Nabi Saleh Demonstration – 17/10/14
We wait under the shade of a leafy tree in the centre of the village. The crowd fills as Friday worshippers emerge from the mosque. The first thing I notice is the children. So many children, most under twelve years old. A young girl, who couldn’t be older than 10 ties up her long golden hair with the Palestinian flag. Another swathes a keffiyah round her forehead. They carry a long poster of Al Asqa mosque. Today’s demonstration aims to highlight the recent problems surrounding Palestinian access to Al Asqa mosque.
Nabi Saleh is a village nestled into the hills of central West Bank. It has lost hundreds of dunams of its land to the Halamish settlement which stands opposite Nabi Saleh on the other side of the valley.
Residents of Nabi Saleh have demonstrated against the occupation and the theft of the village lands every Friday for the last 5 years alongside Israeli’s and Internationals. The demonstration places particular emphasis on the loss of the Ein al-Qaws Spring which was taken by settlers in 2009. The spring was a key symbol of the village and provided a water source for the residents. Today IWPS volunteers join in solidarity with the residents of Nabi Saleh resisting the annexation of their village.
I am struck by the vast beauty of this land. We look out over the hills – a never ending range of curves and slopes dotted by olive trees and golden Friday sunlight. I imagine we are meeting under this tree for a great walk exploring this lands treasures. But another glance to the right suggests another reason for the gathering. On the other side of the valley sit a few dozen houses, painted white with red roofs. The olive trees standing in front of the houses are an uncharacteristic green. (Illegal settlements enjoy up to 3 times as much water as local Palestinian populations). This is the Halamish settlement. Built in 1977 and now housing more than 1000 illegal Israeli settlers.
I am struck also by the people’s persistent struggle to resist and reclaim it. These people are not giving up.
About 30 people are assembled when the young girls rise and begin their chant, 1 2 3 4 – occupation no more….I smile, utterly melted by these young women’s confidence and unshatterable determination for justice. I too rise and we all follow these Palestinian women, their little voices stronger than the winds as the crowds catch the chants and shout back in response. We make our way through the village, singing loud, Palestinian flags billowing in the quiet wind. We reach the top of the hill, and begin the careful walk down slowly. The land is steep and the ground covered with thorn bushes and small rocks.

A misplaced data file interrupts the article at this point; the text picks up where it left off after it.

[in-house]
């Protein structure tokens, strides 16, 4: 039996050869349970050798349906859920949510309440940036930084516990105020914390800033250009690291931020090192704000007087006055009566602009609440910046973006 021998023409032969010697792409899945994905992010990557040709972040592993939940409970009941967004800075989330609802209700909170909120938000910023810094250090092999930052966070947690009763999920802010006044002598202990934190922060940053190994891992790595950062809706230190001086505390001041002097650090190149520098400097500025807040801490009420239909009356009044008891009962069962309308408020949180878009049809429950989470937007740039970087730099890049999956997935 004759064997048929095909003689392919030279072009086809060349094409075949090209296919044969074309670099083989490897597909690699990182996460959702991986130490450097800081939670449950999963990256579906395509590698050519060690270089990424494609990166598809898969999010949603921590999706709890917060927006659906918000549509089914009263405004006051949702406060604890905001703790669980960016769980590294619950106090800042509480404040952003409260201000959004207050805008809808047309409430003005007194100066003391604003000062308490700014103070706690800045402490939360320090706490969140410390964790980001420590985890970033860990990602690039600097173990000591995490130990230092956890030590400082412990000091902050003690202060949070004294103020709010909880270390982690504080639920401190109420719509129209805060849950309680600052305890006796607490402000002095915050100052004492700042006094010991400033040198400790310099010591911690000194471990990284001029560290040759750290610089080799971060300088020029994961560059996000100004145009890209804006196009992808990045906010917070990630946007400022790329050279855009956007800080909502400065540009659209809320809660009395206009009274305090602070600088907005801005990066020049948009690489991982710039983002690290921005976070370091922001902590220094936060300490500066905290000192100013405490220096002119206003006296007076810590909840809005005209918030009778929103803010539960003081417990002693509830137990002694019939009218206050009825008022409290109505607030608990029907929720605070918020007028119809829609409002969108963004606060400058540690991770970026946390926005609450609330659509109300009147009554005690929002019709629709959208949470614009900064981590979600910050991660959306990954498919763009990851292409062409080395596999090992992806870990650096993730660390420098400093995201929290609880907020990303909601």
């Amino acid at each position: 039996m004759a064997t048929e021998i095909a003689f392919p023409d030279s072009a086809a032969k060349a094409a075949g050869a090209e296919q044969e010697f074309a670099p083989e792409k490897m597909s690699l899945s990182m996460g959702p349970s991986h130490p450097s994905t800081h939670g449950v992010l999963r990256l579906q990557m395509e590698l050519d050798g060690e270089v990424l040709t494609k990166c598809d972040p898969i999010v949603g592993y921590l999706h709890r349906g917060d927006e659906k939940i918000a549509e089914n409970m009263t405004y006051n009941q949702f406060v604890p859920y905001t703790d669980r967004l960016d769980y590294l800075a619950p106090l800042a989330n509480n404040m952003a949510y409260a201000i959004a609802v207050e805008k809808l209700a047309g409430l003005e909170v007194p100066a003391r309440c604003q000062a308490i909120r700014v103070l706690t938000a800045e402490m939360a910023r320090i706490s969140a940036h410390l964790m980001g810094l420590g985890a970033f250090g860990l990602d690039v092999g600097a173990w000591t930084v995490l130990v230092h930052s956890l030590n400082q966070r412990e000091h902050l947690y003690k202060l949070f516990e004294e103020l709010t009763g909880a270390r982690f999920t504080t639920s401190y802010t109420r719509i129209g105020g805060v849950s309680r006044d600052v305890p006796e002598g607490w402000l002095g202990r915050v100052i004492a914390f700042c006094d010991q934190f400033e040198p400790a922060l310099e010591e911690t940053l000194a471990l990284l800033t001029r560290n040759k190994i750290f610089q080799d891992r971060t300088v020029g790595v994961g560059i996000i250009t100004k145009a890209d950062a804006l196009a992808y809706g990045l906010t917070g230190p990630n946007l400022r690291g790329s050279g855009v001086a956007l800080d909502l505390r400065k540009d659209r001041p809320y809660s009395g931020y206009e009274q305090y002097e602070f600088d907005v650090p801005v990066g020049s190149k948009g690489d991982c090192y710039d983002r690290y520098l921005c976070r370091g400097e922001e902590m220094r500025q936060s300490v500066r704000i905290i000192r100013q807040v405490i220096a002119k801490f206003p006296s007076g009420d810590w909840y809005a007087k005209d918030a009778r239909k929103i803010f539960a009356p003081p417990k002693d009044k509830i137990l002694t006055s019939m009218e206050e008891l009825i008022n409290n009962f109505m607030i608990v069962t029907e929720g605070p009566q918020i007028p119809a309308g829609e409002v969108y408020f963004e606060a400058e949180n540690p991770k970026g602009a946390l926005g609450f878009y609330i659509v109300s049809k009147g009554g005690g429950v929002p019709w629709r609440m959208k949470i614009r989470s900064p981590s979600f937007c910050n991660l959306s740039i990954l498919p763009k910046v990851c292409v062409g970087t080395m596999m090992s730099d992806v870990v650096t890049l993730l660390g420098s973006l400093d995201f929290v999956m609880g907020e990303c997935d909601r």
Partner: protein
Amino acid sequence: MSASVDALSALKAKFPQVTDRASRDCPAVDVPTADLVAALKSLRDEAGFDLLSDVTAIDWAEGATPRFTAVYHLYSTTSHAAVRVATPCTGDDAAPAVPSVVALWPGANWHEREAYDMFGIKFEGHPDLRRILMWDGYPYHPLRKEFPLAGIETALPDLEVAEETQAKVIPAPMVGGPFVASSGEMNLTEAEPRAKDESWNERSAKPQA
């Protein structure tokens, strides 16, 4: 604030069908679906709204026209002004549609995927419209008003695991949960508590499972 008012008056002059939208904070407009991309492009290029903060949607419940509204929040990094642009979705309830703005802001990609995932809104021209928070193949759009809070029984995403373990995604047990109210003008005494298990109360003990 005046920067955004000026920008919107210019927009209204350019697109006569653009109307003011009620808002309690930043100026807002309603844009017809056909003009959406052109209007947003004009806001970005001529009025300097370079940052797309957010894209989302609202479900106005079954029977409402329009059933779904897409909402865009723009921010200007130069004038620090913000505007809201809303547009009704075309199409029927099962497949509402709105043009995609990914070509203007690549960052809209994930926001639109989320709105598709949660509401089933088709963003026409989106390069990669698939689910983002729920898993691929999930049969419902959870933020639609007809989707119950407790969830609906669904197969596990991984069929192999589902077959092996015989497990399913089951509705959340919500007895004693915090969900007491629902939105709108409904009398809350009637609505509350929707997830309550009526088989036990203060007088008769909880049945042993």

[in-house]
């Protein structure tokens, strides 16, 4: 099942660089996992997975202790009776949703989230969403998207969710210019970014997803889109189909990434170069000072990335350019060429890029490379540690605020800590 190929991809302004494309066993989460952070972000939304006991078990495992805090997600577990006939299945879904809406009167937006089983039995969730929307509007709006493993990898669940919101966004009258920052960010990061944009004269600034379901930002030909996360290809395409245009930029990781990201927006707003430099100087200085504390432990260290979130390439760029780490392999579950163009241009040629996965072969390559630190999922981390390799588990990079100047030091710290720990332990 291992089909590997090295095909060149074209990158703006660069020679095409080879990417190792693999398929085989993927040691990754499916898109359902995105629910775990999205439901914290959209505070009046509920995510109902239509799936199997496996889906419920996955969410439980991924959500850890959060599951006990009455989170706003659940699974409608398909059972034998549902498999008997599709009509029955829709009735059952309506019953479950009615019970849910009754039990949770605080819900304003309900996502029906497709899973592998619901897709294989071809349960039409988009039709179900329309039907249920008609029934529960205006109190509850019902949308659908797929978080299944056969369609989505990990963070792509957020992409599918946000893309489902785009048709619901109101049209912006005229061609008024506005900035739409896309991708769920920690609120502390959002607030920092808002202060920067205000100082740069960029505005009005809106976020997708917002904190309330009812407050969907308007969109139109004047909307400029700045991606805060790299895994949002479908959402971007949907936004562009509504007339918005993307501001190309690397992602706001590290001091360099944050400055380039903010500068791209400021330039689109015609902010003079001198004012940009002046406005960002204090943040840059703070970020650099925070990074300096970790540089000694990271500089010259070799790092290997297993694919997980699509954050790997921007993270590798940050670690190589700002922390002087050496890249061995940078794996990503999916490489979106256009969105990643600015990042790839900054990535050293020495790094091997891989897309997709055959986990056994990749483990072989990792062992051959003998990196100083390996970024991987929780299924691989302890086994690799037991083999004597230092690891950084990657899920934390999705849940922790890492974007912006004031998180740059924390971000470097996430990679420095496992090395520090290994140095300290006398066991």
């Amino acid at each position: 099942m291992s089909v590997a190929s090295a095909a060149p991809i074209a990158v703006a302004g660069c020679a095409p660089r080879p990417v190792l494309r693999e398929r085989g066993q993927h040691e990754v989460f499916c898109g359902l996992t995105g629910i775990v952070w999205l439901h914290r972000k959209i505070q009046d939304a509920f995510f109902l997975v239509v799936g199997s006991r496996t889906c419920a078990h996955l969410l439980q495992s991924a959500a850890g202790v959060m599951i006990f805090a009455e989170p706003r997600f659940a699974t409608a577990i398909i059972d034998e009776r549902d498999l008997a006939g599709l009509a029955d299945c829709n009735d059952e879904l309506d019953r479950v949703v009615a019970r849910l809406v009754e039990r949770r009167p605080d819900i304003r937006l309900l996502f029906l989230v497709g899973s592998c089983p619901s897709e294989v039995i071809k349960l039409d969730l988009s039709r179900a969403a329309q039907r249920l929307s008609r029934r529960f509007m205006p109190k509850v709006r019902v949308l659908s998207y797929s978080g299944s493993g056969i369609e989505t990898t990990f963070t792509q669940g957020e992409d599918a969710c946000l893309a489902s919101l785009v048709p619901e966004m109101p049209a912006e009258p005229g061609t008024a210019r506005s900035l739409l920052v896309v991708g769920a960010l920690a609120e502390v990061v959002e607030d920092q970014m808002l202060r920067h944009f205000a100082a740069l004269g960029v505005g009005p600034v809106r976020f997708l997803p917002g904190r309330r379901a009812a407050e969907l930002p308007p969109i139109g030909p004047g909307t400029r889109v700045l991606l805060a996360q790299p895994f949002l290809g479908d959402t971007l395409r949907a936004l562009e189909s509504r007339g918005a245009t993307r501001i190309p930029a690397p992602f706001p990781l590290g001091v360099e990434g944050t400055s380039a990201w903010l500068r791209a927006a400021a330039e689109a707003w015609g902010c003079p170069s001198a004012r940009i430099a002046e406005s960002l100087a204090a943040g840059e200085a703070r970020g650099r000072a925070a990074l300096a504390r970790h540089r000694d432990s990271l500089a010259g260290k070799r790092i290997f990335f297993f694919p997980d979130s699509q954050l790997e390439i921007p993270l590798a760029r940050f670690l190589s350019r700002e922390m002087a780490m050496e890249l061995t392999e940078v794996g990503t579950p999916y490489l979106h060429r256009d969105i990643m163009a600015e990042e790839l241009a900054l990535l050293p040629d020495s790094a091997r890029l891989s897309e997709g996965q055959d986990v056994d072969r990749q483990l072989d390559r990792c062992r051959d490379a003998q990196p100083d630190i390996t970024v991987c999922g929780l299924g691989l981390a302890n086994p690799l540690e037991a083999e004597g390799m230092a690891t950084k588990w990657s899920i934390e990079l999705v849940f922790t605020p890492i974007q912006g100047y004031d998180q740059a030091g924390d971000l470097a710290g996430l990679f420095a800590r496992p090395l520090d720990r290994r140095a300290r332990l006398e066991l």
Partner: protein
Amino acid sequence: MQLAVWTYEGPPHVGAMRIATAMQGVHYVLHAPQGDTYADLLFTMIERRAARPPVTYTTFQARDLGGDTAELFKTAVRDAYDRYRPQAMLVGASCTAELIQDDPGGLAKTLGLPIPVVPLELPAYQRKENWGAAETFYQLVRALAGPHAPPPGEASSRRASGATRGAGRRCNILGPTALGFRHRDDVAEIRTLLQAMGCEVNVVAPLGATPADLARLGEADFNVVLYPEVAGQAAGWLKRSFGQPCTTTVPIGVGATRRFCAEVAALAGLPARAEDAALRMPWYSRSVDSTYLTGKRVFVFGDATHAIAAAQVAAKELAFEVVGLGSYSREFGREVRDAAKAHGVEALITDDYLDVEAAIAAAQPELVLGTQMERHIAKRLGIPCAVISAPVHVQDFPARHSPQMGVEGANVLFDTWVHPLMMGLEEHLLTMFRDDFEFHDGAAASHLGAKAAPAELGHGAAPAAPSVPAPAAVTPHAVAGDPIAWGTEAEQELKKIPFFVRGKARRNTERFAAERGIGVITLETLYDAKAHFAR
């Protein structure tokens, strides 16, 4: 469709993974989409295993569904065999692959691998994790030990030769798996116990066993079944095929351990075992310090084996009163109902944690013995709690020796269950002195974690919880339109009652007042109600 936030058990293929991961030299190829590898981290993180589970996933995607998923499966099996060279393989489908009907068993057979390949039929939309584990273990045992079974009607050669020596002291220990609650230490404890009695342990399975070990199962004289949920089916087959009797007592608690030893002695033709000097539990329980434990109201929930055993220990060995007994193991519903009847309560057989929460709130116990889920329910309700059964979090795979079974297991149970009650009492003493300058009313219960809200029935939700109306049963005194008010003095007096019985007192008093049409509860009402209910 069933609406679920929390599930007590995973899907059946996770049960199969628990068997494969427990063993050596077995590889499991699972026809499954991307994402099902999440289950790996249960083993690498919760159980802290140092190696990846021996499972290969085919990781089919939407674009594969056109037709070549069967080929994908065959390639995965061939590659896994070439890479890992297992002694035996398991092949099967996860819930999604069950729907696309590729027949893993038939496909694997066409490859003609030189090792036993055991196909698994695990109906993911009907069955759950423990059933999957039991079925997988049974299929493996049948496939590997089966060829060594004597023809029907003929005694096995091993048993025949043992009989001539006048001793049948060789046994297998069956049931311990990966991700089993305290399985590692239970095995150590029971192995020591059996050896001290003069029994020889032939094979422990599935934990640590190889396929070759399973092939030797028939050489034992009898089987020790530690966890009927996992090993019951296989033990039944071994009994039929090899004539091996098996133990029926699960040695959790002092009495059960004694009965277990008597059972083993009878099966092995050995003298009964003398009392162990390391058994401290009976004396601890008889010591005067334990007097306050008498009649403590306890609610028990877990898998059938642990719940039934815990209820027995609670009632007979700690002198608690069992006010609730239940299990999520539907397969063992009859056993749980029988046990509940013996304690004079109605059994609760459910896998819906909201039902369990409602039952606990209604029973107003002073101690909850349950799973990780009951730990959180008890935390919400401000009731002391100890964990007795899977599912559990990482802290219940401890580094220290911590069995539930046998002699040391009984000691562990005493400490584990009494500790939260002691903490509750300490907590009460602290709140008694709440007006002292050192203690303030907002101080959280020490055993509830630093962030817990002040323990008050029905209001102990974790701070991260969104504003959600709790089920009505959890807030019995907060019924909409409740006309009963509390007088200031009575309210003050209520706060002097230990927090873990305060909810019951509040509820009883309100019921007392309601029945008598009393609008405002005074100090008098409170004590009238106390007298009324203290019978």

Three occupation soldiers are spotted watching us at the top of the hill to the right of us about 60 yards away. Some people hang back in order to try and prevent the soldiers gaining access to the village. Some of us continue the descent, scrabbling down over the rocks until the outlines of 4 soldiers at the bottom of the hill come into view. Two jeeps are parked beside the infamous spring taken from Nabi Saleh 5 years ago.
The soldiers stand with their legs apart and their rifles raised. We continue down, hoping more people will join. We are soon within shouting range of the soldiers. An Israeli activist bellows out a conversation in Hebrew, a Palestinian villager asks in Hebrew too what they are doing there, and to go home. The soldiers look on unmoved and without response. Soon more army jeeps arrive. And more soldiers. I stand there watching the scene before me – this pristine settlement on the hill – houses painted perfect white topped with a red roof and the greenest olive trees for miles around. Around a dozen soldiers and 4 jeeps at its base. Protecting them from the people they stole this land from. It is an absurd image. And everything that seems complex and unknowable about this ‘conflict’ fades. It is all really as simple as this image in front of me. I don’t need to know anymore. These settlements are being built illegally on Palestinian land. And they are protected by the Israeli army and endorsed by the Israeli government.
We keep watch at the other group of soldiers who are still on top of the hill. After half an hour the first rounds of tear gas are thrown from the top of the hill. We decide to move back up, to stay together as one demonstration. More tear gas is thrown followed by sound bombs and rubber bullets. We regroup and wait to see what happens next from another point on top of the hill.
I turn to see a young Palestinian man return from a football match in his kit and football boots. He strides purposefully towards us, shaking hands with family and friends along the way. He begins to run into the furore below, and as he runs he pulls off his football shirt and ties it round his face as a mask and protection from the tear gas. Such is life for the youngsters around here – snatches of normal life peppered by the absurdities of resisting your occupation.Together we begin another descent led by the youngsters. Another stand off. More tear gas. After another half hour or more of music and dancing, sitting under the shade of a tree overlooking the lands that had been lost to Halamish someone shouts “Khalas” (enough) and we stroll back to the village.
No one seriously hurt this time despite the use of tear gas at close range aimed directly at demonstrators and the use of rubber bullets.
The struggle continues in Nabi Saleh.
For more, see: B’tselem (Israeli human rights organisation) legal information on illegal settlements.